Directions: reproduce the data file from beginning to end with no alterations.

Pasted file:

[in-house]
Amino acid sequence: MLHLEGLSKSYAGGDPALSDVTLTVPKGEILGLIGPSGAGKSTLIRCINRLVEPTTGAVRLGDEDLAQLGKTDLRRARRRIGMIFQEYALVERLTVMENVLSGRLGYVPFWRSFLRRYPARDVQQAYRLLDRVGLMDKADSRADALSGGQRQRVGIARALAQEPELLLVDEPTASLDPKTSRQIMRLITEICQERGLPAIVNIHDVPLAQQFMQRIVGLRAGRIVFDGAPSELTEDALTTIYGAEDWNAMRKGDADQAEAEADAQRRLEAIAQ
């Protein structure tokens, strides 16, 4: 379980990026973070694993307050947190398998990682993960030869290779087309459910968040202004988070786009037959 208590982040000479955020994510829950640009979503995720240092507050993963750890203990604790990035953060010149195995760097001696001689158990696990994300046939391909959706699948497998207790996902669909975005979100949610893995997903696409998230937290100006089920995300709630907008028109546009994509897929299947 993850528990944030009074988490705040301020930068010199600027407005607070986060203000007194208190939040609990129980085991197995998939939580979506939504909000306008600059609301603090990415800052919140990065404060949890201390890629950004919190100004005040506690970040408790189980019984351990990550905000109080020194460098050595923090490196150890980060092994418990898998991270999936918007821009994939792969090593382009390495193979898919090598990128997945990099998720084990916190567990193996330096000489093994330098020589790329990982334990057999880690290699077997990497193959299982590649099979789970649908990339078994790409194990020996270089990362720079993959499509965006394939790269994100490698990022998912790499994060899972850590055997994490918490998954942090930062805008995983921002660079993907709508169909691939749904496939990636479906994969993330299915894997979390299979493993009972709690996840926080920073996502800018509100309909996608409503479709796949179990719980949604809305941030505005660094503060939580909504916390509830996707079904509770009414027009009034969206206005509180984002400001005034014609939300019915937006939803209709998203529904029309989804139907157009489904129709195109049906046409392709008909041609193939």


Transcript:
[in-house]
Amino acid sequence: MLHLEGLSKSYAGGDPALSDVTLTVPKGEILGLIGPSGAGKSTLIRCINRLVEPTTGAVRLGDEDLAQLGKTDLRRARRRIGMIFQEYALVERLTVMENVLSGRLGYVPFWRSFLRRYPARDVQQAYRLLDRVGLMDKADSRADALSGGQRQRVGIARALAQEPELLLVDEPTASLDPKTSRQIMRLITEICQERGLPAIVNIHDVPLAQQFMQRIVGLRAGRIVFDGAPSELTEDALTTIYGAEDWNAMRKGDADQAEAEADAQRRLEAIAQ
């Protein structure tokens, strides 16, 4: 379980990026973070694993307050947190398998990682993960030869290779087309459910968040202004988070786009037959 208590982040000479955020994510829950640009979503995720240092507050993963750890203990604790990035953060010149195995760097001696001689158990696990994300046939391909959706699948497998207790996902669909975005979100949610893995997903696409998230937290100006089920995300709630907008028109546009994509897929299947 993850528990944030009074988490705040301020930068010199600027407005607070986060203000007194208190939040609990129980085991197995998939939580979506939504909000306008600059609301603090990415800052919140990065404060949890201390890629950004919190100004005040506690970040408790189980019984351990990550905000109080020194460098050595923090490196150890980060092994418990898998991270999936918007821009994939792969090593382009390495193979898919090598990128997945990099998720084990916190567990193996330096000489093994330098020589790329990982334990057999880690290699077997990497193959299982590649099979789970649908990339078994790409194990020996270089990362720079993959499509965006394939790269994100490698990022998912790499994060899972850590055997994490918490998954942090930062805008995983921002660079993907709508169909691939749904496939990636479906994969993330299915894997979390299979493993009972709690996840926080920073996502800018509100309909996608409503479709796949179990719980949604809305941030505005660094503060939580909504916390509830996707079904509770009414027009009034969206206005509180984002400001005034014609939300019915937006939803209709998203529904029309989804139907157009489904129709195109049906046409392709008909041609193939």